# Existence of Solutions to Fractional Mixed Integrodifferential Equations with Nonlocal Initial Condition

- A. Anguraj
^{1}, - P. Karthikeyan
^{2}and - J. J. Trujillo
^{3}Email author

**2011**:690653

https://doi.org/10.1155/2011/690653

© A. Anguraj et al. 2011

**Received: **14 November 2010

**Accepted: **6 January 2011

**Published: **11 January 2011

## Abstract

We study the existence and uniqueness theorem for the nonlinear fractional mixed Volterra-Fredholm integrodifferential equation with nonlocal initial condition , where , , and is a given function. We point out that such a kind of initial conditions or nonlocal restrictions could play an interesting role in the applications of the mentioned model. The results obtainded are applied to an example.

## 1. Introduction

Recently it have been proved that the differential models involving nonlocal derivatives of fractional order arise in many engineering and scientific disciplines as the mathematical modeling of systems and processes in many fields, for instance, physics, chemistry, aerodynamics, electrodynamics of complex medium, polymer rheology, and so forth (see [1–6]). In fact, such models can be considered as an efficient alternative to the classical nonlinear differential models to simulate many complex processes (see [7]). For instance, fractional differential equations are an excellent tool to describe hereditary properties of viscoelastic materials and, in general, to simulate the dynamics of many processes on anomalous media. Theory of fractional differential equations has been extensively studied by several authors as Delbosco and Rodino [8], Kilbas et al. [6], Lakshmikantham et al. [9–11], and also see [2, 12–16].

in general Banach space with , and is the infinitesimal generator of a -semigroup of bounded linear operators. By means of the Krasnoselskii's Theorem, existence of solutions was also obtained.

Subsequently several authors have investigated the problem for different types of nonlinear differential equations and integrodifferential equations including functional differential equations in Banach spaces.

Very recently N'Guérékata [2, 18] discussed the existence of solutions of fractional abstract differential equations with nonlocal initial condition. The nonlocal Cauchy problem is discussed by authors in [15] using the fixed-point concepts. Tidke [19] studied the nonfractional mixed Volterra-Fredholm integrodifferential equations with nonlocal conditions using Leray-Schauder Theorem.

where , , , , is a continuous function on with values in the Banach space and , and , , and are continuous -valued functions. Here , and . The operator denotes the Caputo fractional derivative of order .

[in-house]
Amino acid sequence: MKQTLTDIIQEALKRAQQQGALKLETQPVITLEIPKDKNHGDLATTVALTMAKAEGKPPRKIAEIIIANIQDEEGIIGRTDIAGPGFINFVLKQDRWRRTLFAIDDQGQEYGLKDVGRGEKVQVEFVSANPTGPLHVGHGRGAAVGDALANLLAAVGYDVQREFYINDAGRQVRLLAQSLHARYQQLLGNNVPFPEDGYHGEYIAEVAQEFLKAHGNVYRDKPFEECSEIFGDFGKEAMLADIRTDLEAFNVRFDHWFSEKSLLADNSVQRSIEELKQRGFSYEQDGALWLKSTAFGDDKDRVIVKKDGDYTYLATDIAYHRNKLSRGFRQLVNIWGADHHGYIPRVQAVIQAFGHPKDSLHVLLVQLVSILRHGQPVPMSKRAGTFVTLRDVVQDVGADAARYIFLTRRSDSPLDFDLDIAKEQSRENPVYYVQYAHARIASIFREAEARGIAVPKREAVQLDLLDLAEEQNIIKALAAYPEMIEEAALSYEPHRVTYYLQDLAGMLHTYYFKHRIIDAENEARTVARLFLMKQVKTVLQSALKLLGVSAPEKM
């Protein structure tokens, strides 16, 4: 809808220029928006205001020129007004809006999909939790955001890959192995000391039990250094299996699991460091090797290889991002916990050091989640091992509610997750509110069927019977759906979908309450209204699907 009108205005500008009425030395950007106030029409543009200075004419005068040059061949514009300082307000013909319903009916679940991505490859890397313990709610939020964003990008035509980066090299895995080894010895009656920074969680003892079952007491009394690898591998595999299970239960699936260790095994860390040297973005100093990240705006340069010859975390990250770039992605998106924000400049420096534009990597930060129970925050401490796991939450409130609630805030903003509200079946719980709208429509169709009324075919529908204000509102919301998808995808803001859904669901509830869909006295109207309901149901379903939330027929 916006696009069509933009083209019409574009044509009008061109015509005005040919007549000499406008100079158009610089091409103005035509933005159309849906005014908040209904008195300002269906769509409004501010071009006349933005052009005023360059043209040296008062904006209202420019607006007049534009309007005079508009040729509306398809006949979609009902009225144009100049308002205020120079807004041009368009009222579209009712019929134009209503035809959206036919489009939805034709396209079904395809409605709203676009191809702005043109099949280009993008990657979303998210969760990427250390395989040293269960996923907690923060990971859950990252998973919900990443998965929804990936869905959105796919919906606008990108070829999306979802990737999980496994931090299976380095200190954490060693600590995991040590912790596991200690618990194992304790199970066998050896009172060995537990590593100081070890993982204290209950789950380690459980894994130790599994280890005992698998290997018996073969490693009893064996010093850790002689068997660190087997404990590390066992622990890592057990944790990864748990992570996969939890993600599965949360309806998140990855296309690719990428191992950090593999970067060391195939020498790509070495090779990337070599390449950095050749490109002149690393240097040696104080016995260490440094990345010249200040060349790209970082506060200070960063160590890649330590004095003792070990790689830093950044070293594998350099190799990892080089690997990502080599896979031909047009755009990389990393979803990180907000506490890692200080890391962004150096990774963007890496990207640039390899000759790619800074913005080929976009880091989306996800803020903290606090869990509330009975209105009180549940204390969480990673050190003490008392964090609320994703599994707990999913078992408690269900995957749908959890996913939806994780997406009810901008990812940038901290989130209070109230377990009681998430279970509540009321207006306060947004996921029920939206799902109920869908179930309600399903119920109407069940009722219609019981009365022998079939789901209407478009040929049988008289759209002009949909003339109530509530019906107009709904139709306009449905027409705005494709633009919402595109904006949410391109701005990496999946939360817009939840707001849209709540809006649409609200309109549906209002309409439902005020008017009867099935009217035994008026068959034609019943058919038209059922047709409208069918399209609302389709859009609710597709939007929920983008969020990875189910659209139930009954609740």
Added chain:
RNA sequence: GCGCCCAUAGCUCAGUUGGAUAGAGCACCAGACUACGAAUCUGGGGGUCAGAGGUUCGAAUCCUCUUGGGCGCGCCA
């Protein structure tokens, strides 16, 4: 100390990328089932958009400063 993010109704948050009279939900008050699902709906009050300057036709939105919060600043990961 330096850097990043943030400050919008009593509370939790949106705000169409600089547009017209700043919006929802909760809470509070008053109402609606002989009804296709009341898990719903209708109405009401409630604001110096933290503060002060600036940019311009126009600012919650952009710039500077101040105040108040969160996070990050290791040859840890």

The paper is organized as follows. In Section 2, some definitions, lemmas and preliminary results are introduced to be used in the sequel. Section 3 will involve the assumptions, main results and proofs of existence problem of (1.2), together with a nonlocal initial condition. Finally an example is presented.

## 2. Preliminaries

Let be a real Banach space and the zero element of . Let be the Banach space of measurable functions which are Lebesgue integrable, equipped with the norm . We will use the following notation and . A function is called a solution of (1.2) if it satisfies (1.2).

Definition 2.1.

A real function
is said to be in the space
if there exists a real number
, such that
, where
, while
is said to be in the space
if and only if
*.*

Definition 2.2.

where is the Gamma function of Euler.

When , we write , where for , for , and represents the Convolution of Laplace. Then, it is well known that as , where is the Delta function.

Definition 2.3.

Definition 2.4.

where denotes the integer part of real number .

It is obvious that the Caputo's derivative of a constant is equal to 0.

Lemma 2.5.

Lemma 2.6.

Proof.

Theorem 2.7 (Krasnoselkii).

Let be a Banach space, let be a bounded closed convex subset of and let , be maps of into such that for every pair . If A is completely continuous and B is a contraction then the equation has a solution on S.

## 3. Main Results

- (A1)
- (A2)
- for
- (A3)
- for
- (A4)
- for
- (A5)

Firstly, we obtain the following lemmas to prove the main results on the existence of solutions to (1.2).

Lemma 3.1.

Proof.

It is obvious that . This completes the proof.

Lemma 3.2.

Proof.

Theorem 3.3.

If (A1)–(A5) are satisfied, then the fractional integrodifferential equation (1.2) has a unique solution continuous in .

Proof.

where = depends on the parameter of the problem. Therefore has a unique fixed-point , which is a solution of (3.5), and hence is a solution of (1.2).

Theorem 3.4.

Assume (A1)–(A4) holds. If , then (1.2) has at least one solution on .

Proof.

Now let us prove that is equicontinuous.

which does not depend on . So is relatively compact. By the Arzela-Ascoli Theorem, is compact. We now conclude the result of the theorem based on the Krasnoselkii's theorem above.

## 4. Example

## Declarations

### Acknowledgment

This paper has been partially supported by MICINN (project MTM2010-16499) to which the authors are very thankful.

## Authors’ Affiliations

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